Jay Keasling, CHEMICAL ENGINEER, Berkeley, California
"We could potentially turn any plant—grass, weeds, even paper waste—into energy."
What He's Doing
In 2006, Discover magazine named Jay Keasling "Scientist of the Year," recognizing his ingenious plans to re-create life in the lab. He's been featured by Newsweek, Esquire, and most major U.S. newspapers for his groundbreaking approach to science, and to life.
Keasling wants to use bacteria or yeast as factories to make medicines and other products that people want and need. That includes novel ways to break down pesticides, make biodegradable plastics, and create plant-based fuels.
Lawrence Berkeley National Laboratory and University of California, Berkeley
Nebraska Cornhusker football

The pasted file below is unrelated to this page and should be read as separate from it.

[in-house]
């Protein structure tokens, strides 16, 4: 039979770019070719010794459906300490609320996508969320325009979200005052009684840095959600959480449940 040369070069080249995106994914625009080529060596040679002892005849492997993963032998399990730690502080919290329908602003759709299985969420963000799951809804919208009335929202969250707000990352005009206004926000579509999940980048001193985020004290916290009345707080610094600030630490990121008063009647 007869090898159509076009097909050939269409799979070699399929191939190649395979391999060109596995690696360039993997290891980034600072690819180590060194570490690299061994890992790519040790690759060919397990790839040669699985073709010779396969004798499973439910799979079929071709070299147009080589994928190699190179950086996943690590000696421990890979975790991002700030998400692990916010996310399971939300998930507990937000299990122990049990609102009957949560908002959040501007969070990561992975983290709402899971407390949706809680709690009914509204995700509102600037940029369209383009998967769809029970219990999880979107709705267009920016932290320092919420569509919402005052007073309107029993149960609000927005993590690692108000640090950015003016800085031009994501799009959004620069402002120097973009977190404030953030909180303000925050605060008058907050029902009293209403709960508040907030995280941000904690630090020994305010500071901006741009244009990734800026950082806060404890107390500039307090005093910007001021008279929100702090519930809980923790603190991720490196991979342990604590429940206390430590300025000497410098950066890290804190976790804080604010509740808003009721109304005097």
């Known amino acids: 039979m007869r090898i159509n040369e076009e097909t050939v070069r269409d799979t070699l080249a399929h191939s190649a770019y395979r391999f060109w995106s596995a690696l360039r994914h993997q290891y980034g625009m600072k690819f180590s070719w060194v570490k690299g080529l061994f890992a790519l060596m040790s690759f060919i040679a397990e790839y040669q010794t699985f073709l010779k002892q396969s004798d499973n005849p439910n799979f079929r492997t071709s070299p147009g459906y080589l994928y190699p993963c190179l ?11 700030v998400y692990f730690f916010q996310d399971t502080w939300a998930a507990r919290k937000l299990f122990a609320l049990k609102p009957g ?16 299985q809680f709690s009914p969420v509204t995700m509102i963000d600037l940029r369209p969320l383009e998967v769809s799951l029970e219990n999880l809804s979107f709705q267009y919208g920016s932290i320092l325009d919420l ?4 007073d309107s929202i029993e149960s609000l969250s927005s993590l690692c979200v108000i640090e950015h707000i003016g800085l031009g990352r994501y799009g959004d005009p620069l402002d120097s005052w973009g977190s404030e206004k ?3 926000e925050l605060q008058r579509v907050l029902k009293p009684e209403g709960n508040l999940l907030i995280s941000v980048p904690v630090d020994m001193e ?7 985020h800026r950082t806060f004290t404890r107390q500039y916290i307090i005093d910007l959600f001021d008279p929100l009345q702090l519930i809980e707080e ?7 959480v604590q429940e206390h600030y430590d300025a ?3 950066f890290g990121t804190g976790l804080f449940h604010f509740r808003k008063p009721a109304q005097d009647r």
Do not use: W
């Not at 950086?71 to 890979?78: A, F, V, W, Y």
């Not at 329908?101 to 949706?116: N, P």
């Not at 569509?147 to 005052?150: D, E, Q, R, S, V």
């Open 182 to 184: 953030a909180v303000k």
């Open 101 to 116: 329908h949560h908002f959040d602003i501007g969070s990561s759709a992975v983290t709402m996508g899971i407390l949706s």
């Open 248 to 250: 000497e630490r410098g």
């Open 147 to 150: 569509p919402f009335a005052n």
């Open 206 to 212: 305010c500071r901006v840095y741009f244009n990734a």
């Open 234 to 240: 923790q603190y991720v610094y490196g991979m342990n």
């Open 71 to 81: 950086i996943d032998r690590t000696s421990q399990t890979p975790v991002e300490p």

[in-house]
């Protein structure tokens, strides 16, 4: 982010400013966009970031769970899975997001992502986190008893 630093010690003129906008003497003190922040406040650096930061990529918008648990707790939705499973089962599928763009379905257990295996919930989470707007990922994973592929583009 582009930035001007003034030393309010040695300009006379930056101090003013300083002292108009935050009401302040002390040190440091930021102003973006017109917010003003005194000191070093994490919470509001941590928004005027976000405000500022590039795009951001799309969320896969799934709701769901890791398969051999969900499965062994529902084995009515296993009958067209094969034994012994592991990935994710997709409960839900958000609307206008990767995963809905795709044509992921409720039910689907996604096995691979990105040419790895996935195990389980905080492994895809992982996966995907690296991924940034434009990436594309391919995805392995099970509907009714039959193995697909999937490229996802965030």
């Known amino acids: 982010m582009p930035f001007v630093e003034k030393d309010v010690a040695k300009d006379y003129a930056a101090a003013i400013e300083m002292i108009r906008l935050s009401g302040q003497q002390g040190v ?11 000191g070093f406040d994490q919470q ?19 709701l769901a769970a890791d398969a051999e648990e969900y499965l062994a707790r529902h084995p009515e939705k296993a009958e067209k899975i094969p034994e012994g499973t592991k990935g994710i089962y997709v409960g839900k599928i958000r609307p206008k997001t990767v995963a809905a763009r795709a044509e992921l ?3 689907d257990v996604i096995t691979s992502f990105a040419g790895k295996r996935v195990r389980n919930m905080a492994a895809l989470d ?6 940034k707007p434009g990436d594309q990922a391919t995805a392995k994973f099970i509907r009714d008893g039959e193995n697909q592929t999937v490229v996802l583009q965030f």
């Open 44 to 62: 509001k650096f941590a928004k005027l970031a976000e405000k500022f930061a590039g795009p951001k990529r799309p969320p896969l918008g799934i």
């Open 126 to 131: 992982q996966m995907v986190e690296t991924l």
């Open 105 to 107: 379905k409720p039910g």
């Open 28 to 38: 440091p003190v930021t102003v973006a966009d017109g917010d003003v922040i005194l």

Beef, but with guilt because of the high energy cost (eight pounds of corn are needed to produce one pound of beef)
On the beach in Hawaii!
He is also working out a strategy to get bacteria to make drugs to combat HIV/AIDS. Current therapies target only actively replicating virus but leave behind reservoirs of virus that hide out inside the body.
Keasling is devising a simple, low-cost method for microbes to churn out two plant-based molecules that are known to capture hidden HIV and also block its spread after infection. He is also trying to turn cellulose—found in virtually all plants and the most common organic molecule on the planet—into biofuel.
Another of Keasling's many goals is to make an effective malaria drug on the cheap. Although the medicine artemisinin works well against malaria, it is very expensive to produce. Its high cost limits the drug's use in developing countries, where it is needed most.
Keasling is working on getting bacteria to make artemisinin for one-tenth the cost per dose. He recently moved one step closer to this goal by getting microbes to make a precursor molecule that can be then converted to artemisinin.